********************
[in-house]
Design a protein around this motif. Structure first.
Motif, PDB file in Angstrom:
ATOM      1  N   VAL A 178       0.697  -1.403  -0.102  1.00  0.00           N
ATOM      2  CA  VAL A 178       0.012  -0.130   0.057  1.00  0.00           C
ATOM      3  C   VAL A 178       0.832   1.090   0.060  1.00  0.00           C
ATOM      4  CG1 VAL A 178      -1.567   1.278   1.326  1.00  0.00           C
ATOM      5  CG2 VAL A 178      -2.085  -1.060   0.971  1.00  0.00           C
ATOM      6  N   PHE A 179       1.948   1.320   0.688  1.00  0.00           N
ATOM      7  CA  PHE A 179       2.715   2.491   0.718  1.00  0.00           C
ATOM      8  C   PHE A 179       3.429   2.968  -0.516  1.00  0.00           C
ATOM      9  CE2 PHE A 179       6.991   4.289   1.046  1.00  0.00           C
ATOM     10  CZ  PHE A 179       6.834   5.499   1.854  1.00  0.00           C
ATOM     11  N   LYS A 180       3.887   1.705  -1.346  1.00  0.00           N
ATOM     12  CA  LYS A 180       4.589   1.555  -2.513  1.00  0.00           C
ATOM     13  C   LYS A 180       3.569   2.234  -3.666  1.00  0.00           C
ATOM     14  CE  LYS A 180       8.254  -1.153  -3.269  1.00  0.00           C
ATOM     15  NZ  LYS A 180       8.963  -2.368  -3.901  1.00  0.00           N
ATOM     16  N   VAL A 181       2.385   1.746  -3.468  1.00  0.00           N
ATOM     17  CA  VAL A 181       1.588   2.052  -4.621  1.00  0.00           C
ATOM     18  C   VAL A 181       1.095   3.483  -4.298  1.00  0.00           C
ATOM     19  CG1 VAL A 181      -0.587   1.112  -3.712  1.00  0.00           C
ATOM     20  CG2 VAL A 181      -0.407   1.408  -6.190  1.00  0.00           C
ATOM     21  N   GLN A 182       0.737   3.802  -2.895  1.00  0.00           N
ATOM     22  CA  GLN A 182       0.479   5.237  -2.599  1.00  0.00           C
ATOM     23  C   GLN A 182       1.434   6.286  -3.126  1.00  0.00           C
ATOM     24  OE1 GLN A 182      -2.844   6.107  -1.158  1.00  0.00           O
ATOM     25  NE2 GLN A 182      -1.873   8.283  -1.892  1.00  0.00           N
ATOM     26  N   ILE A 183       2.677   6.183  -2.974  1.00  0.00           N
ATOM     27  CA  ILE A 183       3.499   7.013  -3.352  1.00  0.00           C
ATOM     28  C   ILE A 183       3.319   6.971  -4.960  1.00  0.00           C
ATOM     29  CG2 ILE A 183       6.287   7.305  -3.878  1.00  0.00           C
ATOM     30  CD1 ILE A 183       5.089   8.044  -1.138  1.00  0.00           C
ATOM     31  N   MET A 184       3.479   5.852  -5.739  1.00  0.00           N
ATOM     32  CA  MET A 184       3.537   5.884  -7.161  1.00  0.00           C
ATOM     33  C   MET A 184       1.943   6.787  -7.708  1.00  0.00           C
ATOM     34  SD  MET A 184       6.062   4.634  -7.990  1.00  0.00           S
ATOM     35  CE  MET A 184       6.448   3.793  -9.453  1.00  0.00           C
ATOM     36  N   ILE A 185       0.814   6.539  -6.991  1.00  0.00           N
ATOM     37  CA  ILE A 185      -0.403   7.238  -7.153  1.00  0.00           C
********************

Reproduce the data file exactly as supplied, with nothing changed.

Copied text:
[in-house]
Design a protein around this motif. Structure first.
Motif, PDB file in Angstrom:
ATOM      1  N   VAL A 178       0.697  -1.403  -0.102  1.00  0.00           N
ATOM      2  CA  VAL A 178       0.012  -0.130   0.057  1.00  0.00           C
ATOM      3  C   VAL A 178       0.832   1.090   0.060  1.00  0.00           C
ATOM      4  CG1 VAL A 178      -1.567   1.278   1.326  1.00  0.00           C
ATOM      5  CG2 VAL A 178      -2.085  -1.060   0.971  1.00  0.00           C
ATOM      6  N   PHE A 179       1.948   1.320   0.688  1.00  0.00           N
ATOM      7  CA  PHE A 179       2.715   2.491   0.718  1.00  0.00           C
ATOM      8  C   PHE A 179       3.429   2.968  -0.516  1.00  0.00           C
ATOM      9  CE2 PHE A 179       6.991   4.289   1.046  1.00  0.00           C
ATOM     10  CZ  PHE A 179       6.834   5.499   1.854  1.00  0.00           C
ATOM     11  N   LYS A 180       3.887   1.705  -1.346  1.00  0.00           N
ATOM     12  CA  LYS A 180       4.589   1.555  -2.513  1.00  0.00           C
ATOM     13  C   LYS A 180       3.569   2.234  -3.666  1.00  0.00           C
ATOM     14  CE  LYS A 180       8.254  -1.153  -3.269  1.00  0.00           C
ATOM     15  NZ  LYS A 180       8.963  -2.368  -3.901  1.00  0.00           N
ATOM     16  N   VAL A 181       2.385   1.746  -3.468  1.00  0.00           N
ATOM     17  CA  VAL A 181       1.588   2.052  -4.621  1.00  0.00           C
ATOM     18  C   VAL A 181       1.095   3.483  -4.298  1.00  0.00           C
ATOM     19  CG1 VAL A 181      -0.587   1.112  -3.712  1.00  0.00           C
ATOM     20  CG2 VAL A 181      -0.407   1.408  -6.190  1.00  0.00           C
ATOM     21  N   GLN A 182       0.737   3.802  -2.895  1.00  0.00           N
ATOM     22  CA  GLN A 182       0.479   5.237  -2.599  1.00  0.00           C
ATOM     23  C   GLN A 182       1.434   6.286  -3.126  1.00  0.00           C
ATOM     24  OE1 GLN A 182      -2.844   6.107  -1.158  1.00  0.00           O
ATOM     25  NE2 GLN A 182      -1.873   8.283  -1.892  1.00  0.00           N
ATOM     26  N   ILE A 183       2.677   6.183  -2.974  1.00  0.00           N
ATOM     27  CA  ILE A 183       3.499   7.013  -3.352  1.00  0.00           C
ATOM     28  C   ILE A 183       3.319   6.971  -4.960  1.00  0.00           C
ATOM     29  CG2 ILE A 183       6.287   7.305  -3.878  1.00  0.00           C
ATOM     30  CD1 ILE A 183       5.089   8.044  -1.138  1.00  0.00           C
ATOM     31  N   MET A 184       3.479   5.852  -5.739  1.00  0.00           N
ATOM     32  CA  MET A 184       3.537   5.884  -7.161  1.00  0.00           C
ATOM     33  C   MET A 184       1.943   6.787  -7.708  1.00  0.00           C
ATOM     34  SD  MET A 184       6.062   4.634  -7.990  1.00  0.00           S
ATOM     35  CE  MET A 184       6.448   3.793  -9.453  1.00  0.00           C
ATOM     36  N   ILE A 185       0.814   6.539  -6.991  1.00  0.00           N
ATOM     37  CA  ILE A 185      -0.403   7.238  -7.153  1.00  0.00           C